Jane Wyman (1917-2007): She was born Sarah Jane Mayfield; later changed her name to Jane Durrell; and then adopted her then-married name of Jane Wyman. After an unsettled and unhappy childhood, she dropped out of school early to take up a radio singing career and then a move to Hollywood, where she obtained small roles before signing with Warners in 1936. She gained wider recognition with The Lost Weekend (1945), followed by The Yearling (1946), and then won an Oscar as a deaf-mute rape victim in Johnny Belinda, in 1948. The award gave her the opportunity to work with such prestigious directors as Alfred Hitchcock, Frank Capra, and Michael Curtiz . Her movie career began to decline in the 1960s, but was replaced by success in television in the 1980s; most notably in the soap opera Falcon Crest, until she began to experience serious health problems that eventually forced her to retire. She was married five times, most notably to Ronald Reagan, with whom she had co-starred in Brother Rat in 1938; they married in 1940 and divorced in 1949.
Anthony Quinn (1915-2001): He was born in Mexico of mixed Irish and Mexican heritage and grew up in Texas and Los Angeles. Quinn was a professional boxer, as a young man, before studying art and architecture under Frank Lloyd Wright and then moving into stage and film with roles of “ethnic” characters in such films as Road to Morocco and They Died with Their Boots On (both 1941). His first real success, however, was on the stage, playing Stanley Kowalski in A Streetcar Named Desire on Broadway in 1947, though the screen role went to Marlon Brando. He appeared with Brando in Elia Kazan’s Viva Zapata (1952) and won his first Oscar. He then went to work in Italy and made several films there, most notably giving a superb performance in Federico Fellini’s La Strada, in 1954. He continued in “ethnic” roles on his return to America–“Inuit” in The Savage Innocents (1959); “Greek” in The Guns of Navarone (1961); “Bedouin” in Lawrence of Arabia (1962); and “Greek” again, to huge popular success, in Zorba the Greek (1964). Other roles in this period were as Paul Gauguin in Lust for Life (1956); an aging boxer in Requiem for a Heavyweight (1962); and starring with Anna Magnani in The Secret of Santa Vittoria (1969). He also returned to Broadway for Jean Anouilh’s play Becket, in 1960, where he played King Henry II to Laurence Olivier’s Thomas Becket, to great acclaim. His film career slowed somewhat after 1970, and his roles were mainly “ethnic” once more, despite his stated desire to avoid typecasting. He was married three times, his first wife being Katherine DeMille, the adopted daughter of Cecil B. DeMille; they married in 1937 and divorced in 1965.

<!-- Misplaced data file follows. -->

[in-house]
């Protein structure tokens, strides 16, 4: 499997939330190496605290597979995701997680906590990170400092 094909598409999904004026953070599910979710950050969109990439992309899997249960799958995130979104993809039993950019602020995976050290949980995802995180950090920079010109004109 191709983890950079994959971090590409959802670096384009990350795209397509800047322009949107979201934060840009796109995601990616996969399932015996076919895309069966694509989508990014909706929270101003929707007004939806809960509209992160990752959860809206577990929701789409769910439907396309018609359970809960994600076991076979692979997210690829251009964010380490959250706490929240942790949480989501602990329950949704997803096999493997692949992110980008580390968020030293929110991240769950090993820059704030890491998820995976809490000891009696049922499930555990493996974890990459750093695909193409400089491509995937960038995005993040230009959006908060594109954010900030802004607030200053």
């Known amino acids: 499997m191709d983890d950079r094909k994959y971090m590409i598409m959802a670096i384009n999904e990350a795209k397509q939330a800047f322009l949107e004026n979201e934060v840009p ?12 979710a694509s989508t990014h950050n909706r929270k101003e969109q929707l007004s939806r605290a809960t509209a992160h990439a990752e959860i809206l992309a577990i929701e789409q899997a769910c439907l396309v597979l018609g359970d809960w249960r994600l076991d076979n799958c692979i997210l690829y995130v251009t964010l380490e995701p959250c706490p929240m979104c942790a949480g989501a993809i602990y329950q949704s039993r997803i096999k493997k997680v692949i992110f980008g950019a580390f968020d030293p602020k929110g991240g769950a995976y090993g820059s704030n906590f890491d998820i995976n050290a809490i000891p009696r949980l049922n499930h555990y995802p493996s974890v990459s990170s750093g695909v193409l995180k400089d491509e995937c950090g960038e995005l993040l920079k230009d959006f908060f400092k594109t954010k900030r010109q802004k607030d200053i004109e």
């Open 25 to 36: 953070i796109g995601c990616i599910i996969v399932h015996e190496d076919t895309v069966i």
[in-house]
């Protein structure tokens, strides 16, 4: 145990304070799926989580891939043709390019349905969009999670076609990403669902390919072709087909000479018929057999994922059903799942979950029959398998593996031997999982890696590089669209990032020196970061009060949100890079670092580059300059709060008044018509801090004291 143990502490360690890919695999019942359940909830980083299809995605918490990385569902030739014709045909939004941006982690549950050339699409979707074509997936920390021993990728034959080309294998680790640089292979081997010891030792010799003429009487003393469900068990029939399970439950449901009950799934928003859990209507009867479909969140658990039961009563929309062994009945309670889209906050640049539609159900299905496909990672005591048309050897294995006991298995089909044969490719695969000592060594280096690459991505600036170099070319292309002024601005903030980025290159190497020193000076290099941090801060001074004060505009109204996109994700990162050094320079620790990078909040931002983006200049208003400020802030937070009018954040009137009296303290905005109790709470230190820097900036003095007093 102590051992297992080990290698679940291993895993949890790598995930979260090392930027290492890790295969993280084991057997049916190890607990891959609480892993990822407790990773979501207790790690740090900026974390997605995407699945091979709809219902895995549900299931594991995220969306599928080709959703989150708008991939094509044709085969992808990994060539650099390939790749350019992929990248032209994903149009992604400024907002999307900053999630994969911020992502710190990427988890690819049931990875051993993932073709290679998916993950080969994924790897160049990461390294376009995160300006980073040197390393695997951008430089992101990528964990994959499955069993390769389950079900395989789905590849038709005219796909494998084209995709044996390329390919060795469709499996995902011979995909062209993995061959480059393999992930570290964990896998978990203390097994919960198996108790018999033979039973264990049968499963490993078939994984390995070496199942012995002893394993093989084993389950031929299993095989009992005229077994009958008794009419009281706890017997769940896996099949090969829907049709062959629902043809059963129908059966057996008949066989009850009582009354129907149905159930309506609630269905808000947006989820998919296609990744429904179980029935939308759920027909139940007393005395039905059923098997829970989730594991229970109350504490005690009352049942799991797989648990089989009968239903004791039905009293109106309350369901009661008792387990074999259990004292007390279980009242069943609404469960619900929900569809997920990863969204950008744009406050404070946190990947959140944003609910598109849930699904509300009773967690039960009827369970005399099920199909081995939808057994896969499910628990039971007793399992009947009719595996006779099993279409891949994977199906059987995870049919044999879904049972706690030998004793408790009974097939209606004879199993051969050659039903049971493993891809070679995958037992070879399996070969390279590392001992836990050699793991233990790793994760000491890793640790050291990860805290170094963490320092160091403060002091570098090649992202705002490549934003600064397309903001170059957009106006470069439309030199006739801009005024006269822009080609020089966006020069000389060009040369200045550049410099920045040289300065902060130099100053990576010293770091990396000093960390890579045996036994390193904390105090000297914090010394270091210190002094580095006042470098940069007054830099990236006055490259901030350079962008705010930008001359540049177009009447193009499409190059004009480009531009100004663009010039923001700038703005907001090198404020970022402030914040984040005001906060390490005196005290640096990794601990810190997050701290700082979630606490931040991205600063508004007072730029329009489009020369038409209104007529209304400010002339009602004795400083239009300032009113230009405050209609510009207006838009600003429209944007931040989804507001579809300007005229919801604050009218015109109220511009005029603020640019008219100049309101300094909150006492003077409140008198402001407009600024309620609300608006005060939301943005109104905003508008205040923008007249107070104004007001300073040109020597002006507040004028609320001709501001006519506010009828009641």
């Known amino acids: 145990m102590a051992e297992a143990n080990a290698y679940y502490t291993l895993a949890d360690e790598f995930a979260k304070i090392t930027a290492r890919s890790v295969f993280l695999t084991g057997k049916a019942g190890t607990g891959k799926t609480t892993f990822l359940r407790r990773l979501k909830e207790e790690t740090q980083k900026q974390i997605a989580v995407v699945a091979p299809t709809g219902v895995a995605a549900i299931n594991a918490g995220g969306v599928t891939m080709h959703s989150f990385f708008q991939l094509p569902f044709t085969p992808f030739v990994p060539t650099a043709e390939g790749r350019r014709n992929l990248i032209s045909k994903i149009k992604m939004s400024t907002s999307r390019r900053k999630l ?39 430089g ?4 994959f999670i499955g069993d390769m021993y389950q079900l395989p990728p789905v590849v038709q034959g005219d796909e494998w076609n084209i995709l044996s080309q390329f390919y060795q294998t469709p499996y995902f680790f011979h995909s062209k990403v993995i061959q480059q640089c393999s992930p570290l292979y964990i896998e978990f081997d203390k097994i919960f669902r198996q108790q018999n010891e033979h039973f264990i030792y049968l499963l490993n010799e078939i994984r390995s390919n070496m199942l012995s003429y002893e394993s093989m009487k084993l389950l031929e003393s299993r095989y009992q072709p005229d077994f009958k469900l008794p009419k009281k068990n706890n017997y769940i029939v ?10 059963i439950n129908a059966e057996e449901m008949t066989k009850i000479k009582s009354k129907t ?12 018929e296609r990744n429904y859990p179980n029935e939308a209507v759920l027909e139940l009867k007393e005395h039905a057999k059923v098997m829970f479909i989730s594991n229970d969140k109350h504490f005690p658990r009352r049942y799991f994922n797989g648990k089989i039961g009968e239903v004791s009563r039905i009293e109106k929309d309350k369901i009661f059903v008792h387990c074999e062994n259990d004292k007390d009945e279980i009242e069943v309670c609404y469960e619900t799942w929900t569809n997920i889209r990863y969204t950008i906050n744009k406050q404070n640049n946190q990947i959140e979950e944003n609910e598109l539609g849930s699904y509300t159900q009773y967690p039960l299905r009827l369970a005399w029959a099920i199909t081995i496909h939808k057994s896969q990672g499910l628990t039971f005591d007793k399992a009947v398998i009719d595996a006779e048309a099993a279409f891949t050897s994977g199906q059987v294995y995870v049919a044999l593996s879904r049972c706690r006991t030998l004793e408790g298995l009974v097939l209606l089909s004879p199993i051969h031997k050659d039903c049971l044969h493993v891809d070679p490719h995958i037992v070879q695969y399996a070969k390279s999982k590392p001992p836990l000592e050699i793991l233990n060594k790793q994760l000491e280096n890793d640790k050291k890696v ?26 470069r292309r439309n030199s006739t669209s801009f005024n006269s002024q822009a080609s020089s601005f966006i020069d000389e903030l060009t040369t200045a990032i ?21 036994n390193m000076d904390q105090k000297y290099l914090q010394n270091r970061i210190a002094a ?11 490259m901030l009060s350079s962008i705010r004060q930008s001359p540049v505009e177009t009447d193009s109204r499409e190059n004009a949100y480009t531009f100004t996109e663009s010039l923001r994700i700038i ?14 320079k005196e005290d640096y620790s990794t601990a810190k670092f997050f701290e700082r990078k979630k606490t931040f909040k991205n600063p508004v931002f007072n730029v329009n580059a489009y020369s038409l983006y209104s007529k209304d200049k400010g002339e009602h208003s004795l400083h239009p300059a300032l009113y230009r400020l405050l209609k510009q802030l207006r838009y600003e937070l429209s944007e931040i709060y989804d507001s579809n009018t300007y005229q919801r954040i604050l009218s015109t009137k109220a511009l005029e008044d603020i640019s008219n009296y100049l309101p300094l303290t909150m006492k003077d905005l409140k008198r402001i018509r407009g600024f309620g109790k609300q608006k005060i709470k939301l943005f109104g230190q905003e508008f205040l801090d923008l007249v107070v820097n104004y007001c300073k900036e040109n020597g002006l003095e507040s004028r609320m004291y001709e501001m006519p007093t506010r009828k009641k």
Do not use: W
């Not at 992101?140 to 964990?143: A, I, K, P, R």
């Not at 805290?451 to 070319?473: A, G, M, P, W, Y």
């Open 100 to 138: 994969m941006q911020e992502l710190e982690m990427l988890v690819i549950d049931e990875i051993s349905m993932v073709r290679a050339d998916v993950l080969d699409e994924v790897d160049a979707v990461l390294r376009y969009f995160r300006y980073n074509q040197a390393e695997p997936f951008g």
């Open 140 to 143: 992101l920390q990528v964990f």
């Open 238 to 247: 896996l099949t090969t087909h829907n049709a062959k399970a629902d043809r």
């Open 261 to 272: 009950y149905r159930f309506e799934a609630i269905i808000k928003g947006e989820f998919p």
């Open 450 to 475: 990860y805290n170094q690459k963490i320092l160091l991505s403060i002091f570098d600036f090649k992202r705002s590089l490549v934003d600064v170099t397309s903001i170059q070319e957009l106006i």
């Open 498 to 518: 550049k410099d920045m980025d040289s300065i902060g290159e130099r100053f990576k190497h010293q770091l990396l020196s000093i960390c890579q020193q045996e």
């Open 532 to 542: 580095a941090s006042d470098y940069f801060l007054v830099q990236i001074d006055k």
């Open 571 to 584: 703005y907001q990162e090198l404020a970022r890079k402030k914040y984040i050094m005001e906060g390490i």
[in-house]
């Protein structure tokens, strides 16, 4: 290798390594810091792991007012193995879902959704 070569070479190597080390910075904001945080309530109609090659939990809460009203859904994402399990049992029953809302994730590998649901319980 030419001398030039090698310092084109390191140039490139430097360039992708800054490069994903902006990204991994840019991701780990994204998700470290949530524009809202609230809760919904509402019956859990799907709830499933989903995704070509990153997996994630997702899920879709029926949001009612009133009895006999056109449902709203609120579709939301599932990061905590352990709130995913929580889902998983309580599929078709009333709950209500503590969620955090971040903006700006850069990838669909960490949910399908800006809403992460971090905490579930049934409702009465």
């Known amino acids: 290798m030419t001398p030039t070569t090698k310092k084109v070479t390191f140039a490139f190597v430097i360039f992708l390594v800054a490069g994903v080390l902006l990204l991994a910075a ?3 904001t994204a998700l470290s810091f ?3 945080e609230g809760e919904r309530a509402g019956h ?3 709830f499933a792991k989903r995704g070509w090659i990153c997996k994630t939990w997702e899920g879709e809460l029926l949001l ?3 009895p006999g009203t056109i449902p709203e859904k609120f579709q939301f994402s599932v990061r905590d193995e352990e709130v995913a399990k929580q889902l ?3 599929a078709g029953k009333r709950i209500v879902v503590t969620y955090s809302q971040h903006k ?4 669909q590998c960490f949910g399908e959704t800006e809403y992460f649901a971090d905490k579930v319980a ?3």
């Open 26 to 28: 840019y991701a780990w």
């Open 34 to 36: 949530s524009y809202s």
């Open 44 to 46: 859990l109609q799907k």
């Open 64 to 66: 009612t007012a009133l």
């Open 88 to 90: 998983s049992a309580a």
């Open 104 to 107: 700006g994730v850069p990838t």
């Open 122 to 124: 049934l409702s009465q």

Tony Gaudio (1883-1951): Born in Italy, he worked shooting short films for Italian companies before moving to New York in 1906 and working for Vitagraph. His distinguished career included Hell’s Angels (1930), Little Caesar (1930), Tiger Shark (1932), The Life of Emile Zola (1937), The Adventures of Robin Hood (1938), and High Sierra (1941). He was a favourite of Bette Davis and worked on eleven of her films, including Bordertown and The Letter. He won the Academy Award for Best Cinematography for Anthony Adverse and was nominated five other times.
Notes by Graham Petrie